More than three million British Gas customers will see their electricity bills go up by 12.5% from 15 September.
Energy giant Centrica confirmed the end of its long-standing price freeze after it mistakenly published an incomplete statement about the price hike on its website on Monday.
It said gas prices would not be going up. This means the average annual dual fuel bill for a typical household on a standard tariff will rise by £76 to £1,120 – an increase of 7.3%.
Centrica-owned British Gas said the price rise was its first since November 2013 and that it would give credit to more than 200,000 vulnerable customers to protect them from the increase.
Research suggests that British Gas should be cutting bills, not putting them up, as the wholesale cost of energy has been falling.
Analysis of energy regulator Ofgem’s supply Cost index by collective switching site The Big Deal shows that since a peak in December 2016, the costs for energy companies have fallen by 9%.
But British Gas chief executive Mark Hodges asserted “wholesale prices during the last 12 months have not gone down” and that the price hike was down to “cost pressures”.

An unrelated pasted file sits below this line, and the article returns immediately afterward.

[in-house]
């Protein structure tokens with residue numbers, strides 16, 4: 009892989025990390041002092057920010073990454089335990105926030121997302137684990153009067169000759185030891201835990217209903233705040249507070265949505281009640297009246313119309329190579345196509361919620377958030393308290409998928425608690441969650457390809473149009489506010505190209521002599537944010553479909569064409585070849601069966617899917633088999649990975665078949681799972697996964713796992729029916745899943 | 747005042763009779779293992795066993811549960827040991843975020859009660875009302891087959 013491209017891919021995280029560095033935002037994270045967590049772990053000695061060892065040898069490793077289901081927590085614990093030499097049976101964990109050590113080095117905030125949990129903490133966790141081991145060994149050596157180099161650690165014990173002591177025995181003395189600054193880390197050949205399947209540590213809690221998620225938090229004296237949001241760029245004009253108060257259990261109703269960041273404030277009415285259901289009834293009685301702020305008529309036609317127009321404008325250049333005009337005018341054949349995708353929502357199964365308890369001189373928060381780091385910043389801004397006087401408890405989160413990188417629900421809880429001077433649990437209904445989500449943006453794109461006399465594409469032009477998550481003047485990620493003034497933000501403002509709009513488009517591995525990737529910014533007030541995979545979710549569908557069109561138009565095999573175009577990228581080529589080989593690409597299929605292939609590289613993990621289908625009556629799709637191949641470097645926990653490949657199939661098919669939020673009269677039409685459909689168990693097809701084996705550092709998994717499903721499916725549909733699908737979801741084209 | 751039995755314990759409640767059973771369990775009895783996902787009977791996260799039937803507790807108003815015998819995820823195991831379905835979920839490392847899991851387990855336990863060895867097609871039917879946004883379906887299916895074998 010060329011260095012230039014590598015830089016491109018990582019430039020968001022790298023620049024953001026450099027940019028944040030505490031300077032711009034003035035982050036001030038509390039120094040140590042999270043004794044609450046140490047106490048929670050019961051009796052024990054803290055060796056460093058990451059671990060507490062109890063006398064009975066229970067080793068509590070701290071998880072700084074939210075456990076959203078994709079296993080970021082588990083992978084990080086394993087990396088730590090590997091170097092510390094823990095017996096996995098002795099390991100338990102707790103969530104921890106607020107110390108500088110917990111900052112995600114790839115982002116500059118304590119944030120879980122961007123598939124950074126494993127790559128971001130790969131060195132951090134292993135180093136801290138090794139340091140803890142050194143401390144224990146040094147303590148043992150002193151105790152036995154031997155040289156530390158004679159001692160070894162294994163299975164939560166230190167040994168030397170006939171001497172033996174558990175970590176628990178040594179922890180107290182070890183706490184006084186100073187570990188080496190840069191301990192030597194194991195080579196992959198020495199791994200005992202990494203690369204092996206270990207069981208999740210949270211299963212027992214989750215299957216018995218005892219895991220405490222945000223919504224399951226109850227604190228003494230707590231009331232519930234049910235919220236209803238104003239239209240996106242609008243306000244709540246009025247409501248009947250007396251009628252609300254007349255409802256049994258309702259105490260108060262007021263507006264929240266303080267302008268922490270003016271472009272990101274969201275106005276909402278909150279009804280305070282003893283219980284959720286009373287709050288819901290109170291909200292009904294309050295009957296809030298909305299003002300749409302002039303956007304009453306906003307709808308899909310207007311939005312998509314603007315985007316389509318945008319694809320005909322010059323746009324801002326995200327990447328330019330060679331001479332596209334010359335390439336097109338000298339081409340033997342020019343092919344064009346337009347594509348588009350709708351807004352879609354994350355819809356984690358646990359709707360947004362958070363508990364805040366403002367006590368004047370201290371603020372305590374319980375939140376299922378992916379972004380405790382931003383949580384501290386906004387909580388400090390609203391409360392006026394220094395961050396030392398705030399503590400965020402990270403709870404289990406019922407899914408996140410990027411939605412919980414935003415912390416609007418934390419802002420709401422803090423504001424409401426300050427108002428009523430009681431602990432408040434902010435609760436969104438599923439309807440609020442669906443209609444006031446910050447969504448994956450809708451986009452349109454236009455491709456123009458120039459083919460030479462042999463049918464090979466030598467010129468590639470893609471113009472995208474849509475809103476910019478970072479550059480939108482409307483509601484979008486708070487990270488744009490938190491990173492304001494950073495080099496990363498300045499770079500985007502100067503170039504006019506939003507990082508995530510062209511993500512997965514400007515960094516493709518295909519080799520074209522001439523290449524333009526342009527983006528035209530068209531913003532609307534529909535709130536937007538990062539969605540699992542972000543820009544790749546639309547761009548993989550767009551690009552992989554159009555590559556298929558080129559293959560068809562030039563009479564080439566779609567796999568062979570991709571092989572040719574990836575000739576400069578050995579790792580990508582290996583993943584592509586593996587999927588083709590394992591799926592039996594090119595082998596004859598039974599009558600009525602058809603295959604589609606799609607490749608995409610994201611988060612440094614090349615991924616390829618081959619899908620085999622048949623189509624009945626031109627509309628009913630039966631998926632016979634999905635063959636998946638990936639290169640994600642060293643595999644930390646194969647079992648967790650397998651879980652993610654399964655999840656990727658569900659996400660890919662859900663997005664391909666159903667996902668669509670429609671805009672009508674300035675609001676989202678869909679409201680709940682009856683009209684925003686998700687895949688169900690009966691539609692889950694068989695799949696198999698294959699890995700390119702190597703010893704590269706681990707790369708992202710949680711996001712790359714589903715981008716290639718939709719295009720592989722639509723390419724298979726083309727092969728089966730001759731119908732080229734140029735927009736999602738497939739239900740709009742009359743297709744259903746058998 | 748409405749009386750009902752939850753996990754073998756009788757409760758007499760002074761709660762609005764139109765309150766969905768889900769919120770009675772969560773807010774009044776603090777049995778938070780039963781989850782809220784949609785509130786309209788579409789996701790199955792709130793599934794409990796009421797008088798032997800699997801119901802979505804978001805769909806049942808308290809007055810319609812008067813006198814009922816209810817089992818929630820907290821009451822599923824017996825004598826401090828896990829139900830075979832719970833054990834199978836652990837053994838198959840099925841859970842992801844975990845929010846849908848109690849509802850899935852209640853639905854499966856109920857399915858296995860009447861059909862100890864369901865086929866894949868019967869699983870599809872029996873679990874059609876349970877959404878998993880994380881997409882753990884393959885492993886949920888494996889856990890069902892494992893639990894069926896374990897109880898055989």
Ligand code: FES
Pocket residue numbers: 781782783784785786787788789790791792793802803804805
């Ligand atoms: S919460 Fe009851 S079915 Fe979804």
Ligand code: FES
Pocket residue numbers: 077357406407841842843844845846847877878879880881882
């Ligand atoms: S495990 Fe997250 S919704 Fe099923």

He told Sky News: “We haven’t taken this decision lightly. We realise that 3.1 million people are affected. But we have in the end have had to respond, like many of our competitors to the underlying increases we have seen in electricity.
“Our costs have gone up over the past few years by around 16%, so in the end, despite our own efforts to try and keep our costs under control, our efforts to improve our service, we have just had to make this difficult decision.”
He would not be drawn on whether the firm expected to lose customers over the price increase.
“Customers do have choice. They can move to many other companies… and that puts the pressure on us, and that is why we don’t make decisions like today’s decision lightly. We are very thoughtful about the impact on our customers, and on the number of customers that we are able to serve.”